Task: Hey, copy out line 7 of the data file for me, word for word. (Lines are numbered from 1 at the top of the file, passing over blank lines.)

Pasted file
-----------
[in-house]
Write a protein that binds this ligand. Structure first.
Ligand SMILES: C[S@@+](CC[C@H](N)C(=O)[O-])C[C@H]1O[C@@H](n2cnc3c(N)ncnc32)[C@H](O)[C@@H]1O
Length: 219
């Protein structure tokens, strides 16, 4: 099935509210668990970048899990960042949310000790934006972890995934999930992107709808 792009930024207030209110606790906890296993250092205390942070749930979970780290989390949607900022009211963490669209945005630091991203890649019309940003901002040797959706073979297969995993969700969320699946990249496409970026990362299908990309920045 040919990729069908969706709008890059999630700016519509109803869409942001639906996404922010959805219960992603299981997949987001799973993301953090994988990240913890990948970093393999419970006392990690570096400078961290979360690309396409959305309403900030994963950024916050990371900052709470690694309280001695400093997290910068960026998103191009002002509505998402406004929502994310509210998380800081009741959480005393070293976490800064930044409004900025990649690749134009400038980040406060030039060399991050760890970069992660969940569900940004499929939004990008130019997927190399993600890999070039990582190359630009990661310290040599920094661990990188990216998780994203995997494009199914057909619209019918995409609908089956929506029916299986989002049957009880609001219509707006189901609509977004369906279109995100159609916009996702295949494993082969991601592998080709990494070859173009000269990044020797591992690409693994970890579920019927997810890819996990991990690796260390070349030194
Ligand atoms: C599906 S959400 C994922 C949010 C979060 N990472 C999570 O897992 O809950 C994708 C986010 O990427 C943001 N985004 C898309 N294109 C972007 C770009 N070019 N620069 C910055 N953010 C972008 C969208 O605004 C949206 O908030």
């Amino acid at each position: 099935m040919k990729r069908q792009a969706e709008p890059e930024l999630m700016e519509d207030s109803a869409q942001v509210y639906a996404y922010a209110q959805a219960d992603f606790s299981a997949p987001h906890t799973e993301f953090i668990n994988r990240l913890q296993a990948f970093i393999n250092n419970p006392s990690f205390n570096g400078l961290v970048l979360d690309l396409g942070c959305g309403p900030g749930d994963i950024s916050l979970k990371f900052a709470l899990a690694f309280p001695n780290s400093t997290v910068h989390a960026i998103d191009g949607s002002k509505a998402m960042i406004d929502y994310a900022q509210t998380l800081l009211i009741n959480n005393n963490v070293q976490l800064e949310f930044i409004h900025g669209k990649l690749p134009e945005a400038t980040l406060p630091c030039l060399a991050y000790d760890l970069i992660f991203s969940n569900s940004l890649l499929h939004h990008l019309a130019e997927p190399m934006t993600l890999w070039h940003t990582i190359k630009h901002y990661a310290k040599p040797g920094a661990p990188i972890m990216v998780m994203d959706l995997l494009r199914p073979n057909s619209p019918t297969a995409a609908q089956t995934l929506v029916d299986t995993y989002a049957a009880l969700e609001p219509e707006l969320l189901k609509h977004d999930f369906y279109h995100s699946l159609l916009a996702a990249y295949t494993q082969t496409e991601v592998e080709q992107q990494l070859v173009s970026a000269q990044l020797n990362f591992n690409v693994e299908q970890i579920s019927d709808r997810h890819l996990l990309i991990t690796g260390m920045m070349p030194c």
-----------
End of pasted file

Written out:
């Amino acid at each position: 099935m040919k990729r069908q792009a969706e709008p890059e930024l999630m700016e519509d207030s109803a869409q942001v509210y639906a996404y922010a209110q959805a219960d992603f606790s299981a997949p987001h906890t799973e993301f953090i668990n994988r990240l913890q296993a990948f970093i393999n250092n419970p006392s990690f205390n570096g400078l961290v970048l979360d690309l396409g942070c959305g309403p900030g749930d994963i950024s916050l979970k990371f900052a709470l899990a690694f309280p001695n780290s400093t997290v910068h989390a960026i998103d191009g949607s002002k509505a998402m960042i406004d929502y994310a900022q509210t998380l800081l009211i009741n959480n005393n963490v070293q976490l800064e949310f930044i409004h900025g669209k990649l690749p134009e945005a400038t980040l406060p630091c030039l060399a991050y000790d760890l970069i992660f991203s969940n569900s940004l890649l499929h939004h990008l019309a130019e997927p190399m934006t993600l890999w070039h940003t990582i190359k630009h901002y990661a310290k040599p040797g920094a661990p990188i972890m990216v998780m994203d959706l995997l494009r199914p073979n057909s619209p019918t297969a995409a609908q089956t995934l929506v029916d299986t995993y989002a049957a009880l969700e609001p219509e707006l969320l189901k609509h977004d999930f369906y279109h995100s699946l159609l916009a996702a990249y295949t494993q082969t496409e991601v592998e080709q992107q990494l070859v173009s970026a000269q990044l020797n990362f591992n690409v693994e299908q970890i579920s019927d709808r997810h890819l996990l990309i991990t690796g260390m920045m070349p030194c």